God, Abeg.

Nenkinan Nehemiah Deshi
3 min readMay 15, 2024
Photo by Jack Sharp on Unsplash

Hello Readers. If you have been following my unplanned series of articles, then yay! Thank you so much. If this is your first, I hope you read the 3 previous articles here, here, and here. It’s like a journey so you’d need to read the others to flow with the journey.

Last week I wrote on one of the most sensitive topics of our faith — God’s goodness and its veracity in the face of the challenges we face. Today, I am writing on a statement we make very often — perhaps you’ve uttered it in some form this week — God abeg.

I just googled what the phrase “God Abeg” meant, and I actually found material! An article here on Medium by Ifeoluwa A. defines God Abeg as, an intense cry for help. We cry God abeg or its variant an awful lot. When there is a delay on our way out, when NEPA (or whatever variant they call themselves) seize power, when we feel tired — we are never out of reasons to cry God abeg. And not that it’s an offence. That’s not what this article is about.

This Article is about the deeper form of cry we utter when we do not understand what life has thrown at us. The one we cry under pressure. The one that is usually the precursor to questioning God’s goodness. I’m not here with answers, just with a suggestion of a different, more helpful perspective we can have concerning life and its seasons.

One of the reasons we struggle with God a lot is that we fail to understand the system God’s world operates on.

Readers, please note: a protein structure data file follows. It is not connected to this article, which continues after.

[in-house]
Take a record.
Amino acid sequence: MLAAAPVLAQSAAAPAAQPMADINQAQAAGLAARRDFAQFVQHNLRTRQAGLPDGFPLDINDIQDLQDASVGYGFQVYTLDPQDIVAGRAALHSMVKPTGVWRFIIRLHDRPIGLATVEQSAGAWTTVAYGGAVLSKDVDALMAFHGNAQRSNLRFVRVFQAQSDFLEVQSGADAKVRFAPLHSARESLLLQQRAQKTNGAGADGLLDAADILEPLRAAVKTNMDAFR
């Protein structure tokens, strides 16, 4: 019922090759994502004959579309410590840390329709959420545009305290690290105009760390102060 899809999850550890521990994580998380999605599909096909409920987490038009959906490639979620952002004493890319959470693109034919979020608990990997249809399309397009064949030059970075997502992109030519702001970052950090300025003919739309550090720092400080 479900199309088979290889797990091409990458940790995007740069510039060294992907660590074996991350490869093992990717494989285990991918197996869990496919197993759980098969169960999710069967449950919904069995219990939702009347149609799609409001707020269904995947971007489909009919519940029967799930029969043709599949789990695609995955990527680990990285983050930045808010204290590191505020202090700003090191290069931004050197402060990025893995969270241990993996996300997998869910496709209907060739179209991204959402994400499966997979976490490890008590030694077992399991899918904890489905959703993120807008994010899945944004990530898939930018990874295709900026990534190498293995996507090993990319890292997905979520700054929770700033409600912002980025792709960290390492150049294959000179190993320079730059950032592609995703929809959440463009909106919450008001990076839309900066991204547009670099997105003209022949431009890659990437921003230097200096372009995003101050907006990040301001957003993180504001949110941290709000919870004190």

Our selfish human pride and reasoning have led us to a worldview that centres around us. While in reality, everything revolves around and is centred on God.

Our self-centred mindset is what makes us question God’s every move. We can only see ourselves, not beyond ourselves. So anything that doesn’t serve us in the interim is a threat to us. Well, this is a terrible mindset.

God has been writing a grand story from time immemorial. Moses, Elijah, Peter, Paul, St. Augustine, Martin Luther, Mother Theresa, Martin Luther King Jr., John Piper, Bishop Oyedepo, Reverend Amos Mohzo, Nenkinan Deshi, and you just get to play a part in that grand divine story.

We truly are nothing but pencils in the hands of the creator. Our little, short lifetimes are orchestrated by God so that we play our part in God’s redemptive story for his world which has been in progress from time immemorial. God reserves the right to decide our lifetimes, how we are born, how we live, and how we die all to achieve the aim of his creating us Vis-à-vis his glory alone and the redemption of creation.

Here’s what I have chosen to practice and I hope you do too. Next time life throws a fastball at you, instead of crying and shouting “God Abeg”, or “Why Me”, admit your pain and confusion to God but ask,

“God, what are you up to and how can I be part of it”.

See, we save ourselves and God a lot of stress when we adopt this heart posture. You can cry, “Why Me”, stop believing, and pull away from God for a year, but afterward, you would return, and his purposes would be accomplished. So, learn to ask God what his plan is, it makes the journey quicker.

These lives we live, are not our own. They belong to God. For him and to him are all things. I’m tempted to begin a whole other discourse on what the points of our lives are then since it appears we are on death row and have little say in what becomes of them. But that would be in the next article. Shoot, I just promised another one (*groans internally).

All I have been writing on are topics touched on in my book, “Bended But not Broken”, released last September. You should read it. The good news is, I am now giving it out for free! Send an email to mcdesh4lf@gmail.com if you would like a free copy.

Till next time, Ciao!



Nenkinan Nehemiah Deshi

Unashamed | Missionary; Claire Aid Foundation, Stefanos Foundation | Writer/Content Development; Sarauta Network | Encourager | YWAP